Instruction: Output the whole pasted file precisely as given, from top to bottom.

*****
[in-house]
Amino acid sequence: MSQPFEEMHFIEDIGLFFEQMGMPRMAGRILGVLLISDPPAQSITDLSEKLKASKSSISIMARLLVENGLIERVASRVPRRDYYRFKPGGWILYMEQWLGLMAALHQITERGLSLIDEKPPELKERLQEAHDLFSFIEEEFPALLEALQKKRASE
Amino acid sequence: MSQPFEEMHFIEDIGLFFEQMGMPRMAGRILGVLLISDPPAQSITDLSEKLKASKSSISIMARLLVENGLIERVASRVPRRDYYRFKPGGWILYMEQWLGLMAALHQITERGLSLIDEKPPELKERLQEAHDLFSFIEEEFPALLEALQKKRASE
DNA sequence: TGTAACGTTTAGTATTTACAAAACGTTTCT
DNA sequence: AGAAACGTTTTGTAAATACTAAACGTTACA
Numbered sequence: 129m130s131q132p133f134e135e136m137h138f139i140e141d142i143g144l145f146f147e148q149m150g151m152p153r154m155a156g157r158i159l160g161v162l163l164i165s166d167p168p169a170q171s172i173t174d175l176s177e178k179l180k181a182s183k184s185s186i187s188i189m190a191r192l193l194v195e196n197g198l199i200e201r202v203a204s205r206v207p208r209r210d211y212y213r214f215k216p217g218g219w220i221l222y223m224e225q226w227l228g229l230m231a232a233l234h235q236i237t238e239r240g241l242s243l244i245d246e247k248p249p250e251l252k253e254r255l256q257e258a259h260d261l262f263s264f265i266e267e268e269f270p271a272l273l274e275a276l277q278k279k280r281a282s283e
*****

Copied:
[in-house]
Amino acid sequence: MSQPFEEMHFIEDIGLFFEQMGMPRMAGRILGVLLISDPPAQSITDLSEKLKASKSSISIMARLLVENGLIERVASRVPRRDYYRFKPGGWILYMEQWLGLMAALHQITERGLSLIDEKPPELKERLQEAHDLFSFIEEEFPALLEALQKKRASE
Amino acid sequence: MSQPFEEMHFIEDIGLFFEQMGMPRMAGRILGVLLISDPPAQSITDLSEKLKASKSSISIMARLLVENGLIERVASRVPRRDYYRFKPGGWILYMEQWLGLMAALHQITERGLSLIDEKPPELKERLQEAHDLFSFIEEEFPALLEALQKKRASE
DNA sequence: TGTAACGTTTAGTATTTACAAAACGTTTCT
DNA sequence: AGAAACGTTTTGTAAATACTAAACGTTACA
Numbered sequence: 129m130s131q132p133f134e135e136m137h138f139i140e141d142i143g144l145f146f147e148q149m150g151m152p153r154m155a156g157r158i159l160g161v162l163l164i165s166d167p168p169a170q171s172i173t174d175l176s177e178k179l180k181a182s183k184s185s186i187s188i189m190a191r192l193l194v195e196n197g198l199i200e201r202v203a204s205r206v207p208r209r210d211y212y213r214f215k216p217g218g219w220i221l222y223m224e225q226w227l228g229l230m231a232a233l234h235q236i237t238e239r240g241l242s243l244i245d246e247k248p249p250e251l252k253e254r255l256q257e258a259h260d261l262f263s264f265i266e267e268e269f270p271a272l273l274e275a276l277q278k279k280r281a282s283e